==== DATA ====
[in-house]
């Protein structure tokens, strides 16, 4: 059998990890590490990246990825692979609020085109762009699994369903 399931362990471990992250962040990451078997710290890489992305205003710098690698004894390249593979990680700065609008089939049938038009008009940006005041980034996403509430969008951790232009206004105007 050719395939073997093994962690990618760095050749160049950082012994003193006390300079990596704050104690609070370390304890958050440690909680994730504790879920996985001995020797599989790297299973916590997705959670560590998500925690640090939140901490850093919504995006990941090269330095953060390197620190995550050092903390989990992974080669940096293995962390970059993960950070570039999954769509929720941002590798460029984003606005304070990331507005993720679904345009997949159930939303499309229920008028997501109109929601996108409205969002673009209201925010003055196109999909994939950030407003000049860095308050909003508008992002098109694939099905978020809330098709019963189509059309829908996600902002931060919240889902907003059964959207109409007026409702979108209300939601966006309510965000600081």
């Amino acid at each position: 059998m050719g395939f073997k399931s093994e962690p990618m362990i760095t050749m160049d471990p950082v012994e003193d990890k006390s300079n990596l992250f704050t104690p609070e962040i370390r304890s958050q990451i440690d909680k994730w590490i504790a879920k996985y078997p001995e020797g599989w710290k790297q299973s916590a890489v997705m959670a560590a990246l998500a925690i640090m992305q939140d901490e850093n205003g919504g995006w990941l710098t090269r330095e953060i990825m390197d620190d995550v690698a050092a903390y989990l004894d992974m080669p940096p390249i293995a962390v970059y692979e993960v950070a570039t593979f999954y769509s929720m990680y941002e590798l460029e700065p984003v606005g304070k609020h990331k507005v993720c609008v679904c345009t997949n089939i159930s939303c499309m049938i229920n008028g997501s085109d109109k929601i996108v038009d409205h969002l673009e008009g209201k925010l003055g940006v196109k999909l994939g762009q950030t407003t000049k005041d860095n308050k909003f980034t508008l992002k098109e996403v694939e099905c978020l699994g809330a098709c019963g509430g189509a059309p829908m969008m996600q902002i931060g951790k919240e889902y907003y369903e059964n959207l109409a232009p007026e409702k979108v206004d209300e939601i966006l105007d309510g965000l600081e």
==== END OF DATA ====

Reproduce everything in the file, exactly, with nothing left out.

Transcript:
[in-house]
């Protein structure tokens, strides 16, 4: 059998990890590490990246990825692979609020085109762009699994369903 399931362990471990992250962040990451078997710290890489992305205003710098690698004894390249593979990680700065609008089939049938038009008009940006005041980034996403509430969008951790232009206004105007 050719395939073997093994962690990618760095050749160049950082012994003193006390300079990596704050104690609070370390304890958050440690909680994730504790879920996985001995020797599989790297299973916590997705959670560590998500925690640090939140901490850093919504995006990941090269330095953060390197620190995550050092903390989990992974080669940096293995962390970059993960950070570039999954769509929720941002590798460029984003606005304070990331507005993720679904345009997949159930939303499309229920008028997501109109929601996108409205969002673009209201925010003055196109999909994939950030407003000049860095308050909003508008992002098109694939099905978020809330098709019963189509059309829908996600902002931060919240889902907003059964959207109409007026409702979108209300939601966006309510965000600081």
């Amino acid at each position: 059998m050719g395939f073997k399931s093994e962690p990618m362990i760095t050749m160049d471990p950082v012994e003193d990890k006390s300079n990596l992250f704050t104690p609070e962040i370390r304890s958050q990451i440690d909680k994730w590490i504790a879920k996985y078997p001995e020797g599989w710290k790297q299973s916590a890489v997705m959670a560590a990246l998500a925690i640090m992305q939140d901490e850093n205003g919504g995006w990941l710098t090269r330095e953060i990825m390197d620190d995550v690698a050092a903390y989990l004894d992974m080669p940096p390249i293995a962390v970059y692979e993960v950070a570039t593979f999954y769509s929720m990680y941002e590798l460029e700065p984003v606005g304070k609020h990331k507005v993720c609008v679904c345009t997949n089939i159930s939303c499309m049938i229920n008028g997501s085109d109109k929601i996108v038009d409205h969002l673009e008009g209201k925010l003055g940006v196109k999909l994939g762009q950030t407003t000049k005041d860095n308050k909003f980034t508008l992002k098109e996403v694939e099905c978020l699994g809330a098709c019963g509430g189509a059309p829908m969008m996600q902002i931060g951790k919240e889902y907003y369903e059964n959207l109409a232009p007026e409702k979108v206004d209300e939601i966006l105007d309510g965000l600081e």